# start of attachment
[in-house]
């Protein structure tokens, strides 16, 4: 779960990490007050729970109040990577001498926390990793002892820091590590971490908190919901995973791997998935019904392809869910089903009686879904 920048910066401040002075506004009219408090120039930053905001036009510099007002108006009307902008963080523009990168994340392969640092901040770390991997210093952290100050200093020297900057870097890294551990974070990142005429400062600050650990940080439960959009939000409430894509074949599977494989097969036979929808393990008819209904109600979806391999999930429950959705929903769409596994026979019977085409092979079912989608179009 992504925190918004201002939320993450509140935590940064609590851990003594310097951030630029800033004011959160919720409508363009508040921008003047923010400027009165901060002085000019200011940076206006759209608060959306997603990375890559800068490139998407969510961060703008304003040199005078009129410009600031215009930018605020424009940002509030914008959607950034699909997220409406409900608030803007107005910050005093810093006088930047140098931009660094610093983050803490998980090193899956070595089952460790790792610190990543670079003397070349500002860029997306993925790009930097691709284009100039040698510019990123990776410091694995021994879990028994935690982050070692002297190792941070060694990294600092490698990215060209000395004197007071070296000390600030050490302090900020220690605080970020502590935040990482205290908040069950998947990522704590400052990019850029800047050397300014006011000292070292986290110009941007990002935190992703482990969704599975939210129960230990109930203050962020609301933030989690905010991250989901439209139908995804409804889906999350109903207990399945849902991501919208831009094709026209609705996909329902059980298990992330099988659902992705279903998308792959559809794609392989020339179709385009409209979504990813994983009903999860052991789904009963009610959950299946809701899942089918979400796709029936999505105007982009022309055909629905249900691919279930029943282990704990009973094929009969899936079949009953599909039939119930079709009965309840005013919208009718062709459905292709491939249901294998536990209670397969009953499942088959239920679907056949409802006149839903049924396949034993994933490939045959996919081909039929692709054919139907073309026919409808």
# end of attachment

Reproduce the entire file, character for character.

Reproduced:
[in-house]
């Protein structure tokens, strides 16, 4: 779960990490007050729970109040990577001498926390990793002892820091590590971490908190919901995973791997998935019904392809869910089903009686879904 920048910066401040002075506004009219408090120039930053905001036009510099007002108006009307902008963080523009990168994340392969640092901040770390991997210093952290100050200093020297900057870097890294551990974070990142005429400062600050650990940080439960959009939000409430894509074949599977494989097969036979929808393990008819209904109600979806391999999930429950959705929903769409596994026979019977085409092979079912989608179009 992504925190918004201002939320993450509140935590940064609590851990003594310097951030630029800033004011959160919720409508363009508040921008003047923010400027009165901060002085000019200011940076206006759209608060959306997603990375890559800068490139998407969510961060703008304003040199005078009129410009600031215009930018605020424009940002509030914008959607950034699909997220409406409900608030803007107005910050005093810093006088930047140098931009660094610093983050803490998980090193899956070595089952460790790792610190990543670079003397070349500002860029997306993925790009930097691709284009100039040698510019990123990776410091694995021994879990028994935690982050070692002297190792941070060694990294600092490698990215060209000395004197007071070296000390600030050490302090900020220690605080970020502590935040990482205290908040069950998947990522704590400052990019850029800047050397300014006011000292070292986290110009941007990002935190992703482990969704599975939210129960230990109930203050962020609301933030989690905010991250989901439209139908995804409804889906999350109903207990399945849902991501919208831009094709026209609705996909329902059980298990992330099988659902992705279903998308792959559809794609392989020339179709385009409209979504990813994983009903999860052991789904009963009610959950299946809701899942089918979400796709029936999505105007982009022309055909629905249900691919279930029943282990704990009973094929009969899936079949009953599909039939119930079709009965309840005013919208009718062709459905292709491939249901294998536990209670397969009953499942088959239920679907056949409802006149839903049924396949034993994933490939045959996919081909039929692709054919139907073309026919409808």